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12.05.2015 12:16    Comments: 0    Categories: Weekly Parashah      Tags: torah  shabbat  behar  bechukothai  

Doing Wrong with Words

By Yair Barkai*

"When you sell property to your neighbor, or buy any from your neighbor, you shall not wrong one another…Do not wrong one another, but fear your G-d; for I the Lord am your G‑d" (Lev. 25:14-17).

The prohibition against wronging (Heb. hona'ah) appears twice in this week's reading. In the opinion of the Sages[1] the first mention applies to wronging monetarily, while the second applies to wronging verbally (ona'at devarim).[2] Sifra gives several illustrations from which we can arrive at a definition of verbal wronging.

How so? To a person who has returned to the religion, one should not say: Remember how you used to act. To the child of proselytes, one should not say: Remember how your parents used to be. If misfortunes came to him and he had to bury his children, one should not be like Job's friends, who said to him: "Is not your piety your confidence, your integrity your hope? Think now, what innocent man ever perished? Where have the upright been destroyed?" (Job 4:6). If a person were to see donkey-drivers seeking grain and wine, one should not say to them: Go to so-and-so, when that person has never sold wheat in his life. Rabbi Judah says: One should not even look to strike a good bargain, nor should one say to another how much a certain object costs when the person has no interest in buying it; and should you say, "But I give him good advice," be aware that this is a matter of the heart, for it is said in this regard: "You shall fear your G-d," and with respect to everything that is a matter of the heart, it says: "you shall fear."

A look at the examples in this source gives cause for wonder, since in most of them one cannot easily identify a motive of trying to cheat someone. From these illustrations we may conclude that wronging verbally is not necessarily tied to deceiving, as in defrauding someone of money; rather, it relates to doing someone wrong, causing sadness, angering, or insulting another by mocking the person or showing a lack of sensitivity.[3]

Examining other sources in Scripture, we come to a similar conclusion. When the prophet Ezekiel (18:7) describes a righteous father, among his admirable qualities he notes: "if he has not wronged anyone; if he has returned the debtor's pledge to him and has taken nothing by robbery; if he has given bread to the hungry and clothed the naked." Whereas, a wicked son (Ezek. 18:12) "has wronged the poor and the needy, has taken by robbery, has not returned a pledge, has raised his eyes to the fetishes, has committed abomination."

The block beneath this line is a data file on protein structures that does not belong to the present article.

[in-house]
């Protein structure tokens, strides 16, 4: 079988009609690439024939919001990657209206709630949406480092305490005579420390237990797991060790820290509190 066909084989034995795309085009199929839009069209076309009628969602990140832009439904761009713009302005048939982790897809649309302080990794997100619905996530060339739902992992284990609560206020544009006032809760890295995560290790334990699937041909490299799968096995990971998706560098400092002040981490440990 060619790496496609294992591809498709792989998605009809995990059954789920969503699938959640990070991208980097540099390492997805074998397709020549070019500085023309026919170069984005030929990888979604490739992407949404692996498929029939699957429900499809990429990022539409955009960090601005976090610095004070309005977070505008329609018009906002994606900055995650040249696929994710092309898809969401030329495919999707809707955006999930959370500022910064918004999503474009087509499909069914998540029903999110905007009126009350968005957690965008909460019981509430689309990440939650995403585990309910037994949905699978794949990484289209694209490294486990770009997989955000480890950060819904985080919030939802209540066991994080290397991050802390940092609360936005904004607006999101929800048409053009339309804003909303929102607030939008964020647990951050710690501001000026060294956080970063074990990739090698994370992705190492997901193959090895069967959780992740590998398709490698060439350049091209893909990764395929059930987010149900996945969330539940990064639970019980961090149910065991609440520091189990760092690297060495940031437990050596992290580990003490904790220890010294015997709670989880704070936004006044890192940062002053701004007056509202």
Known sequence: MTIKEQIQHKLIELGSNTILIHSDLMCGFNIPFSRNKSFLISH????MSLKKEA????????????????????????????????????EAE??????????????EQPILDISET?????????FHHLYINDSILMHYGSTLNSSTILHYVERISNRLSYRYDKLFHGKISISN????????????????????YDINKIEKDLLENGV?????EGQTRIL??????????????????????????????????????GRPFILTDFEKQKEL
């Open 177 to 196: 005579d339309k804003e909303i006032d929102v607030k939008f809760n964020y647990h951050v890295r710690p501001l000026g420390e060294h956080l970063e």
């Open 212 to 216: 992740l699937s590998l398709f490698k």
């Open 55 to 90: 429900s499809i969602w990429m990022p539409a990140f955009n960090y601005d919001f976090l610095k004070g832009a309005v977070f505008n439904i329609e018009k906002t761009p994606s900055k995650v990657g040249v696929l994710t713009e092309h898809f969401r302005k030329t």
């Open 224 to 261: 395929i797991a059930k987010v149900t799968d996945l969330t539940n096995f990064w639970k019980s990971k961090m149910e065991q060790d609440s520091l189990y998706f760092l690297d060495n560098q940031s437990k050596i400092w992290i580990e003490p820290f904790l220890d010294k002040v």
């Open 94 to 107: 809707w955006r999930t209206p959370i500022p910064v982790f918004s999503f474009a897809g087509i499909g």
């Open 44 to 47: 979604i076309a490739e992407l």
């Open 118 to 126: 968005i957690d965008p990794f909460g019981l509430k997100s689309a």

Wronging holds a central place in the prophet's definition of the righteous and the wicked. Since he mentions robbery and debtor's pledges, both of which concern monetary matters, aside from mentioning wronging, we may presume that by the term "wronging" he meant verbal wronging.

Similarly in Jeremiah (22:3): "Thus said the Lord: Do what is just and right; rescue from the defrauder him who is robbed, do not wrong the stranger, the fatherless, and the widow; commit no lawless act and do not shed the blood of the innocent in this place." Rashi comments on this verse: "Do not wrong—meaning to wrong verbally."

The Mekhilta's comment on the verse, "You shall not wrong a stranger or oppress him, for you were strangers in the land of Egypt" (Ex. 22:20) also leads to a similar conclusion (Mekhilta de Rabbi Ishmael, Mishpatim, Tractate De-Nezikin, chapter 18, s.v. "ve-ger lo toneh"):

You shall not wrong him—in words, or oppress him—in money matters. You shall not say to him: Just yesterday you were worshipping Bel, Kores and Nevo,[4] and swine's flesh was sticking out from between your teeth; and now you dare stand up and speak against me![5]

What element of cheating is there in reminding of his past a proselyte, who used to worship other gods and eat pork? Rather, when such things are said to a proselyte they express lack of sensitivity and are bluntly mocking, and that is precisely what is meant by verbal wronging.

The Torah and the Prophets mention the principal victims of wronging verbally: the weaker element in society—the stranger, the poor, the fatherless, and the widow—for Scripture spoke in terms of common experience at the time. Society, as we know, is judged by its treatment of the weakest link in the people, those who must receive help and support in order to survive.